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My latest estate lot had quite a few goodies and I found myself totally engulfed in my work, pipe after pipe, only pausing to take photos of my process. The next subject to hit my work desk, a Peterson Donegal Rocky 264. A more petite Pete then I would typically collect but I’ve always had a soft spot for the Donegal Rocky series. I have a new found respect for the Lovat shape, a mini version of the Canadian shape that I so love.

The Restoration  

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Lightly smoked like many of the pipes in this lot, the chamber was free of any real build up and its silver band was tarnished. A little oxidation was present, as well as some light chatter, the Peterson’s “P” logo was present and accounted for, it seems it did not meet its demise as its counterparts did in this lot.

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I tag-teamed the chamber with my PipNet and Castle Ford reamer, taking what little cake there was back to a suitable level. I then cleaned the internals with EverClear, stiff/soft pipe cleaners, makeup pads and Q-Tips, cleaning until my final pipe cleaner came out as it went in.

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I gave the stummel and silver band a wipe down with Method Wood For Good Polish with a rag to remove the oils, dirt and debris. I left it aside to dry.

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While the stummel dried I mixed Fiebing’s red and dark brown leather dye together, more red then brown and added a little EverClear to lighten the stain.

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I applied a few coats of the stain with a brush and hit it with a Bic lighter to set the stain, removing the excess stain with an alcohol dampened rag.

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After cleaning the silver band it was dull and had a few faint surface scratches. I taped off the shank with blue painters tape and buffed the band with tripoli, bringing back its shine.

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I used caution when removing the oxidation from the stem, the “P” logo was in fine shape. Many of the pipe stem logos in this lot were buffed clean off or at least partially missing. I applied non-bleach Soft Scrub to the oxidized areas of the stem and let the Soft Scrub penetrate the oxidation. Once the Soft Scrub turned from white to a brownish color I scrubbed the area with a Q-Tip so not to disturb the logo. I usually use a rag to remove the oxidation but in fear of loosing the logo I went slow with a Q-Tip, I would have to repeat this a few times until all oxidation was removed.

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There was some light chatter at the bit/lip area of the stem I used 400, 800 and 1000 grit sandpaper to remove the chatter. I then ran the stem though the various grits of micro-mesh.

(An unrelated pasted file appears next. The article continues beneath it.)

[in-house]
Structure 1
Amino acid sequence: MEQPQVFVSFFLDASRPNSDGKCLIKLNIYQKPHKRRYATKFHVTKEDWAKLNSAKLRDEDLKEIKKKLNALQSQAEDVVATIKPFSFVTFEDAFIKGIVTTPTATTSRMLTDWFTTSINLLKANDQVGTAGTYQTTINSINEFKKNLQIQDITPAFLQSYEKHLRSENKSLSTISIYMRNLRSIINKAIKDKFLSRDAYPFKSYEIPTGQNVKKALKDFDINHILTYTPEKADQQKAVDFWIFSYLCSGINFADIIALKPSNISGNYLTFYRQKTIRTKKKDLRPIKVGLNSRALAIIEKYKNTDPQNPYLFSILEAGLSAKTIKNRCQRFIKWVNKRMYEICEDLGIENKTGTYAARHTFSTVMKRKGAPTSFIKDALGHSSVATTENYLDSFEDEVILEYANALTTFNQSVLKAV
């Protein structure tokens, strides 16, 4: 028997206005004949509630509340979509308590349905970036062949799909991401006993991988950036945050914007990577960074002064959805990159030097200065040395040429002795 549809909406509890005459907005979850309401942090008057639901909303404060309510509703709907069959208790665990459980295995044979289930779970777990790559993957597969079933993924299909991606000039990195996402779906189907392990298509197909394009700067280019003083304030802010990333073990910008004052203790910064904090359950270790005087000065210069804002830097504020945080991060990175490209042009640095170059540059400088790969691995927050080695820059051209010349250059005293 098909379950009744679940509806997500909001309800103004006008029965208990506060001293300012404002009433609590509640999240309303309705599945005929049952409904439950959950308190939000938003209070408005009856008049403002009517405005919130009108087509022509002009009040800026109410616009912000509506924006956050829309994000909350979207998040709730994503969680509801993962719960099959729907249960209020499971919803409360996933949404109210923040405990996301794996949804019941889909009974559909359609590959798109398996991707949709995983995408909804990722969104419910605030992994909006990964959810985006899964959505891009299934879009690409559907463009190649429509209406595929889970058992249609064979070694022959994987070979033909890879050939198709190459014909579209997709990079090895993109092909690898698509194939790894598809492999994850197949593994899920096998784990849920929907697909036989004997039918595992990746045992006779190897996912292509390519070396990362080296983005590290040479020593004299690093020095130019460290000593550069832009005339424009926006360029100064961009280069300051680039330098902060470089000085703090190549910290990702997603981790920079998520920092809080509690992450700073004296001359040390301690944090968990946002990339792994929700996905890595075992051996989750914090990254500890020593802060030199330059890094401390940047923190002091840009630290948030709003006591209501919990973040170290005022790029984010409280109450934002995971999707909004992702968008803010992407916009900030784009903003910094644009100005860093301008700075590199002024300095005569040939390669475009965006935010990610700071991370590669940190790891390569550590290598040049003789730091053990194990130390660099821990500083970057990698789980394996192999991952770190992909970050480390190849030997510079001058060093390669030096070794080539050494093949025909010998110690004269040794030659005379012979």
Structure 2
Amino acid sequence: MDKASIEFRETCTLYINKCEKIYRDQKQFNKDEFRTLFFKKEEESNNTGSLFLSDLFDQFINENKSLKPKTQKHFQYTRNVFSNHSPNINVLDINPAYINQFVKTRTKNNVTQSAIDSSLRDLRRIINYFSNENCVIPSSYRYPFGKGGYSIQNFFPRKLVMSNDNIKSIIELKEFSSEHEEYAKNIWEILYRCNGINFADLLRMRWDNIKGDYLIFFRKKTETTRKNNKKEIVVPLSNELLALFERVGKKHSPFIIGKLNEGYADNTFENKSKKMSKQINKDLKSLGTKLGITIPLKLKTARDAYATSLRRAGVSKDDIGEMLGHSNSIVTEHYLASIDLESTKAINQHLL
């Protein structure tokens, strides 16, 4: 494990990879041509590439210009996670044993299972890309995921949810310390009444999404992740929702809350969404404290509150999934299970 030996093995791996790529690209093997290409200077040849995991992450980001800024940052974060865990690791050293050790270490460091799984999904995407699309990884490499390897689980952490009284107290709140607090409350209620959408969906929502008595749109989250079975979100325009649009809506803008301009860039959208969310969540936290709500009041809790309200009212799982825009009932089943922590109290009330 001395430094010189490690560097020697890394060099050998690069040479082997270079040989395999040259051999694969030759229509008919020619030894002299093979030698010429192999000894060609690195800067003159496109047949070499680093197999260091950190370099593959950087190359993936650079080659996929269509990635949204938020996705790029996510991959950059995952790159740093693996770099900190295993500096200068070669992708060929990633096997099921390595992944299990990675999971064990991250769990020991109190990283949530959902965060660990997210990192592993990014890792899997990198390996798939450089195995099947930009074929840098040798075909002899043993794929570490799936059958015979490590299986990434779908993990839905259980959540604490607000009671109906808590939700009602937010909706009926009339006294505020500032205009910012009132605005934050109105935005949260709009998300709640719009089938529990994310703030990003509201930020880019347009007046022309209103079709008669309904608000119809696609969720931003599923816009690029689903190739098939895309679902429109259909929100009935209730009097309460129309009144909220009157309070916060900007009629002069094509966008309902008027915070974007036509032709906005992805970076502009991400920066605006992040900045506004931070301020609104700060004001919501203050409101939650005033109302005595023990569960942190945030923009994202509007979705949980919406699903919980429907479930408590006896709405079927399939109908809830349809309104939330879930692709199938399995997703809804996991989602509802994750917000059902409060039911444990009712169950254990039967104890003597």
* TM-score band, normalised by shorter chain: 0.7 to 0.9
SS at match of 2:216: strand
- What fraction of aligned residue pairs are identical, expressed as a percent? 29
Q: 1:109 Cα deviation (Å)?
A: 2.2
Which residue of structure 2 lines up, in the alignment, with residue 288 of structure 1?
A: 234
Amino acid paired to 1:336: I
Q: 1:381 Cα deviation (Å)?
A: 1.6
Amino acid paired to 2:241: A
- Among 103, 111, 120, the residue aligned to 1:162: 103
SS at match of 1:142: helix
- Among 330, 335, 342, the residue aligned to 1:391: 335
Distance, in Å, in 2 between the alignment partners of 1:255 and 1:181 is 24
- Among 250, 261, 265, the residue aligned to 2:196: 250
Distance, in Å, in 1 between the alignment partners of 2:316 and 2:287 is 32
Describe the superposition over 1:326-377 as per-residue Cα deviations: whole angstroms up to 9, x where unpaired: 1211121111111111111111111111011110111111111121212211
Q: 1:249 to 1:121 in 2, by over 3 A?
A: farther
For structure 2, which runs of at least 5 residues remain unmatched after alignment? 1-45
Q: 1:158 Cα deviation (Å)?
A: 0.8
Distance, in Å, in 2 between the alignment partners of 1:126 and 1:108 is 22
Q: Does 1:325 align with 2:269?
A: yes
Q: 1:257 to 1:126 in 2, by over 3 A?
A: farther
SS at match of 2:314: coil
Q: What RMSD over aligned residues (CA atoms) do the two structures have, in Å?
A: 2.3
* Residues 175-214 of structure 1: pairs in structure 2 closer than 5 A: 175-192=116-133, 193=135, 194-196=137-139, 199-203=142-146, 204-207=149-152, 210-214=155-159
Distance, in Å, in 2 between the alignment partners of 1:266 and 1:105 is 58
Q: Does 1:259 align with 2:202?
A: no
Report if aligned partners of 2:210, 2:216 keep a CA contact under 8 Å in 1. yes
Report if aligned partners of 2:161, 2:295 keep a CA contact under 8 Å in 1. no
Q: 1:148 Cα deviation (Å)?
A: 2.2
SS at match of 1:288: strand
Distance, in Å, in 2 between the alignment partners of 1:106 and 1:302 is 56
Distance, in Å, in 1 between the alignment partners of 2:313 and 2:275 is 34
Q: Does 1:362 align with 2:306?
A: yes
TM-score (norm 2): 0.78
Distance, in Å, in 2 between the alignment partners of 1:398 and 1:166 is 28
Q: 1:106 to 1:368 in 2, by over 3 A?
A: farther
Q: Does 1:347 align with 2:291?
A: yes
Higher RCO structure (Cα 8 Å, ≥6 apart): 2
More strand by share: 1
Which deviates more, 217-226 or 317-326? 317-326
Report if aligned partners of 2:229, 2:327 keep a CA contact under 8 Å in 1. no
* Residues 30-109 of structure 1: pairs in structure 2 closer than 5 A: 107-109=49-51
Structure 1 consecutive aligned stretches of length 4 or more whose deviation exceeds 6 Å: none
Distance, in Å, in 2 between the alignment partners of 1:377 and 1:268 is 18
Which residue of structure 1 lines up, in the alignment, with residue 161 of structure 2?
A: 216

Complete

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 Finished up on the wheel with white diamond, a few coats carnauba and a micro-fiber hand buff. Buffing the stem with blue compound and carnauba.

Thanks For Stopping In

Tim.

 

Quick Clean Up- Stanwell Night & Day 232

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My most recent purchase. A few caught my eye right off the bat, Peterson Donegal Rocky 999 and 264, Savinelli Alligator, Roma and Sherwood Rock Briar, Jobey Asti and a Stanwell Night & Day. All in very nice lightly smoked condition, rubber bits protecting most of the stems. I was happy with the lot from the start but the seller sweetened the deal even more by throwing in a few surprise extras, two pipe cases, pipe cleaners, a chrome stand and tobacco. I started with the Stanwell I liked the shape and it was hardly touched, I knew I’d have time to clean her up quick in between the few things I had going on today. 

The Refresh.    

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Smoked once, maybe twice.She was in like new condition, the carbon bowl coating was still in place, not a single tooth mark on the stem and the internals were spotless. There was a weird oil or grease on the stummel that left my fingers slippery .

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I cleaned the internals of the stummel and stem with EverClear Q-Tips, soft/stiff pipe cleaners and a makeup pad to wipe down the stems exterior.I gave the stummel a good wipe down with Method Wood For Good Polish to remove the oily residue. This was by far the quickest clear up I’ve done aside from maintaining my own rotation.

Spic & Span

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Finished up on the wheel with white diamond, a few coats carnauba and micro-fiber hand buff. Buffing the stem with blue compound and carnauba

Thanks For Dropping By.

Tim.

Forgotten Meer

Meerschaum.

A soft white clay like material consisting of hydrated magnesium silicate, found chiefly in Turkey.

 

To be honest Meerschaum freaks me out,  far too many do’s and don’ts and fragile, I guess I’m a little clumsy and briar is far more resilient. I’ve redone a couple in the past but always let them go, this unmarked Meer I received a year ago in a lot and forgot all about it until I was digging in my tobacco drawer for a new tin and stumbled across its case. I’m amazed by the skill used to carve these intricate pieces and many are unsigned, the carver never gets credit for there time and effort. I’ve always enjoyed seeing a well colored Meer, I’ll hang on to this one and see how she turns out.

The Restoration.